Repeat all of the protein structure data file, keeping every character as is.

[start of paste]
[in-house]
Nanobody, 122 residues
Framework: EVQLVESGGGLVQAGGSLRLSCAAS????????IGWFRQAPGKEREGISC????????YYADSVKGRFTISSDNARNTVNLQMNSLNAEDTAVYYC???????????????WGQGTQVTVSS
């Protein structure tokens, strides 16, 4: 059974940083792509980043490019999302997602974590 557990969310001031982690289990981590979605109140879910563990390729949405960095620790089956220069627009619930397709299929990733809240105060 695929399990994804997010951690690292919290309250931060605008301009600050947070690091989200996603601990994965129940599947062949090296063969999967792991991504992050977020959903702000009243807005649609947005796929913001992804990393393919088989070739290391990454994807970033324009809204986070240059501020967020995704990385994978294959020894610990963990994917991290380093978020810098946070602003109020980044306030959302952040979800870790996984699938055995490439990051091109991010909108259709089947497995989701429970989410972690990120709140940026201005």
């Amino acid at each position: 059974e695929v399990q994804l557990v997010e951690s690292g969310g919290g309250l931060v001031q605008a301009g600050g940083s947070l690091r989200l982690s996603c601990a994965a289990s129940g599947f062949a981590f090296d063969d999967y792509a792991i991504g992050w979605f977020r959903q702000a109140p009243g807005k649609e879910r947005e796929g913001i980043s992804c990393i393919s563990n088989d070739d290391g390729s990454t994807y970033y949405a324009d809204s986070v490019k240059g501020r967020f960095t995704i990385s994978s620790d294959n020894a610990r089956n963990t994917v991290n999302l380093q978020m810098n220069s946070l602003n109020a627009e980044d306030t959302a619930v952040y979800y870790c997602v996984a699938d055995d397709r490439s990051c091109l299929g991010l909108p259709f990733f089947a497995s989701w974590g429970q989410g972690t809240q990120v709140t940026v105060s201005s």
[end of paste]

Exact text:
[in-house]
Nanobody, 122 residues
Framework: EVQLVESGGGLVQAGGSLRLSCAAS????????IGWFRQAPGKEREGISC????????YYADSVKGRFTISSDNARNTVNLQMNSLNAEDTAVYYC???????????????WGQGTQVTVSS
């Protein structure tokens, strides 16, 4: 059974940083792509980043490019999302997602974590 557990969310001031982690289990981590979605109140879910563990390729949405960095620790089956220069627009619930397709299929990733809240105060 695929399990994804997010951690690292919290309250931060605008301009600050947070690091989200996603601990994965129940599947062949090296063969999967792991991504992050977020959903702000009243807005649609947005796929913001992804990393393919088989070739290391990454994807970033324009809204986070240059501020967020995704990385994978294959020894610990963990994917991290380093978020810098946070602003109020980044306030959302952040979800870790996984699938055995490439990051091109991010909108259709089947497995989701429970989410972690990120709140940026201005």
């Amino acid at each position: 059974e695929v399990q994804l557990v997010e951690s690292g969310g919290g309250l931060v001031q605008a301009g600050g940083s947070l690091r989200l982690s996603c601990a994965a289990s129940g599947f062949a981590f090296d063969d999967y792509a792991i991504g992050w979605f977020r959903q702000a109140p009243g807005k649609e879910r947005e796929g913001i980043s992804c990393i393919s563990n088989d070739d290391g390729s990454t994807y970033y949405a324009d809204s986070v490019k240059g501020r967020f960095t995704i990385s994978s620790d294959n020894a610990r089956n963990t994917v991290n999302l380093q978020m810098n220069s946070l602003n109020a627009e980044d306030t959302a619930v952040y979800y870790c997602v996984a699938d055995d397709r490439s990051c091109l299929g991010l909108p259709f990733f089947a497995s989701w974590g429970q989410g972690t809240q990120v709140t940026v105060s201005s």